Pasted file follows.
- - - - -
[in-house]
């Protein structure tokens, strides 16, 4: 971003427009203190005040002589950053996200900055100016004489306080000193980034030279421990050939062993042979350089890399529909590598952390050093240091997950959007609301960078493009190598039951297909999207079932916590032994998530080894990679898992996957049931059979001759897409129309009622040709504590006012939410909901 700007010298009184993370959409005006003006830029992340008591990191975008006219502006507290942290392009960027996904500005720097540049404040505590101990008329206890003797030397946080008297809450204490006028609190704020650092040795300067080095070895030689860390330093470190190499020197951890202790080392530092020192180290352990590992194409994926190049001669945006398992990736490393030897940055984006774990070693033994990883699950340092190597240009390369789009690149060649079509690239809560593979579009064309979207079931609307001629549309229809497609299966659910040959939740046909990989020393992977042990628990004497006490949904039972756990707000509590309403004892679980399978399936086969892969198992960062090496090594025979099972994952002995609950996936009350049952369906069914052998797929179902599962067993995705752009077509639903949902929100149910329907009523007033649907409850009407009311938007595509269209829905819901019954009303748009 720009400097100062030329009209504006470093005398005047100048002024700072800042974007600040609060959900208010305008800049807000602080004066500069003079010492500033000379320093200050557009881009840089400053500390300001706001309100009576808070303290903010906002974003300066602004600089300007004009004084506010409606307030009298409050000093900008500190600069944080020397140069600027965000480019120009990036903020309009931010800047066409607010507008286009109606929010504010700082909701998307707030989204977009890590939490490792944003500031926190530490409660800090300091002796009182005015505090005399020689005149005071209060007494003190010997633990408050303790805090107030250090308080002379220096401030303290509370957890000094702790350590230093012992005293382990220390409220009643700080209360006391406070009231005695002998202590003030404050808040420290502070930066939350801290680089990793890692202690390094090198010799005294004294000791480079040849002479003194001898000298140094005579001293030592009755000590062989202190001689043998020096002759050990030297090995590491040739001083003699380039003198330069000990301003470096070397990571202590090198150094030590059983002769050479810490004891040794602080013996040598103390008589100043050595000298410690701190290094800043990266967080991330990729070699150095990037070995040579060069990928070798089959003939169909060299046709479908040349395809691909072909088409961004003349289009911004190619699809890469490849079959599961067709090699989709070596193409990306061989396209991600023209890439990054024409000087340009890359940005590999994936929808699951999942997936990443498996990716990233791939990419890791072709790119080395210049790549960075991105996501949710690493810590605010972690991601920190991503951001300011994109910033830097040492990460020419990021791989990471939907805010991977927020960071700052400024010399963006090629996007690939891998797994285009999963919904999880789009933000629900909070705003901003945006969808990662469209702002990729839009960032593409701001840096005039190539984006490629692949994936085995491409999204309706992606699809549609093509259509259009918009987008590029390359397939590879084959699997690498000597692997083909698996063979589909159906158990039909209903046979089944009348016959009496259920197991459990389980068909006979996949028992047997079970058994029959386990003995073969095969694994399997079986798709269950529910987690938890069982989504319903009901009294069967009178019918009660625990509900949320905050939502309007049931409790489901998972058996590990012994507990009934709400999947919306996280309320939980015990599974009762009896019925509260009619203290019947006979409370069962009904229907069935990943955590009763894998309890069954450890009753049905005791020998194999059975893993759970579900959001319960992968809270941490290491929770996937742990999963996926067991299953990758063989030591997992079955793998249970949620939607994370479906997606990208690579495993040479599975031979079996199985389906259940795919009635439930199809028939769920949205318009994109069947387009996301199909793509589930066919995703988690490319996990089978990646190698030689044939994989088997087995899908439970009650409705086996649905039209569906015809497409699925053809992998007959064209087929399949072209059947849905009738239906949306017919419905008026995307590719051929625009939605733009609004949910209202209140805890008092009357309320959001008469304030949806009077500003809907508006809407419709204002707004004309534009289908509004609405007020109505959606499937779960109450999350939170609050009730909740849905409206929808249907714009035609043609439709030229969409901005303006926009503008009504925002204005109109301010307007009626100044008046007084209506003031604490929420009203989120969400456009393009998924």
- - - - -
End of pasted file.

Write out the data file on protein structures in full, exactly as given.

[in-house]
């Protein structure tokens, strides 16, 4: 971003427009203190005040002589950053996200900055100016004489306080000193980034030279421990050939062993042979350089890399529909590598952390050093240091997950959007609301960078493009190598039951297909999207079932916590032994998530080894990679898992996957049931059979001759897409129309009622040709504590006012939410909901 700007010298009184993370959409005006003006830029992340008591990191975008006219502006507290942290392009960027996904500005720097540049404040505590101990008329206890003797030397946080008297809450204490006028609190704020650092040795300067080095070895030689860390330093470190190499020197951890202790080392530092020192180290352990590992194409994926190049001669945006398992990736490393030897940055984006774990070693033994990883699950340092190597240009390369789009690149060649079509690239809560593979579009064309979207079931609307001629549309229809497609299966659910040959939740046909990989020393992977042990628990004497006490949904039972756990707000509590309403004892679980399978399936086969892969198992960062090496090594025979099972994952002995609950996936009350049952369906069914052998797929179902599962067993995705752009077509639903949902929100149910329907009523007033649907409850009407009311938007595509269209829905819901019954009303748009 720009400097100062030329009209504006470093005398005047100048002024700072800042974007600040609060959900208010305008800049807000602080004066500069003079010492500033000379320093200050557009881009840089400053500390300001706001309100009576808070303290903010906002974003300066602004600089300007004009004084506010409606307030009298409050000093900008500190600069944080020397140069600027965000480019120009990036903020309009931010800047066409607010507008286009109606929010504010700082909701998307707030989204977009890590939490490792944003500031926190530490409660800090300091002796009182005015505090005399020689005149005071209060007494003190010997633990408050303790805090107030250090308080002379220096401030303290509370957890000094702790350590230093012992005293382990220390409220009643700080209360006391406070009231005695002998202590003030404050808040420290502070930066939350801290680089990793890692202690390094090198010799005294004294000791480079040849002479003194001898000298140094005579001293030592009755000590062989202190001689043998020096002759050990030297090995590491040739001083003699380039003198330069000990301003470096070397990571202590090198150094030590059983002769050479810490004891040794602080013996040598103390008589100043050595000298410690701190290094800043990266967080991330990729070699150095990037070995040579060069990928070798089959003939169909060299046709479908040349395809691909072909088409961004003349289009911004190619699809890469490849079959599961067709090699989709070596193409990306061989396209991600023209890439990054024409000087340009890359940005590999994936929808699951999942997936990443498996990716990233791939990419890791072709790119080395210049790549960075991105996501949710690493810590605010972690991601920190991503951001300011994109910033830097040492990460020419990021791989990471939907805010991977927020960071700052400024010399963006090629996007690939891998797994285009999963919904999880789009933000629900909070705003901003945006969808990662469209702002990729839009960032593409701001840096005039190539984006490629692949994936085995491409999204309706992606699809549609093509259509259009918009987008590029390359397939590879084959699997690498000597692997083909698996063979589909159906158990039909209903046979089944009348016959009496259920197991459990389980068909006979996949028992047997079970058994029959386990003995073969095969694994399997079986798709269950529910987690938890069982989504319903009901009294069967009178019918009660625990509900949320905050939502309007049931409790489901998972058996590990012994507990009934709400999947919306996280309320939980015990599974009762009896019925509260009619203290019947006979409370069962009904229907069935990943955590009763894998309890069954450890009753049905005791020998194999059975893993759970579900959001319960992968809270941490290491929770996937742990999963996926067991299953990758063989030591997992079955793998249970949620939607994370479906997606990208690579495993040479599975031979079996199985389906259940795919009635439930199809028939769920949205318009994109069947387009996301199909793509589930066919995703988690490319996990089978990646190698030689044939994989088997087995899908439970009650409705086996649905039209569906015809497409699925053809992998007959064209087929399949072209059947849905009738239906949306017919419905008026995307590719051929625009939605733009609004949910209202209140805890008092009357309320959001008469304030949806009077500003809907508006809407419709204002707004004309534009289908509004609405007020109505959606499937779960109450999350939170609050009730909740849905409206929808249907714009035609043609439709030229969409901005303006926009503008009504925002204005109109301010307007009626100044008046007084209506003031604490929420009203989120969400456009393009998924």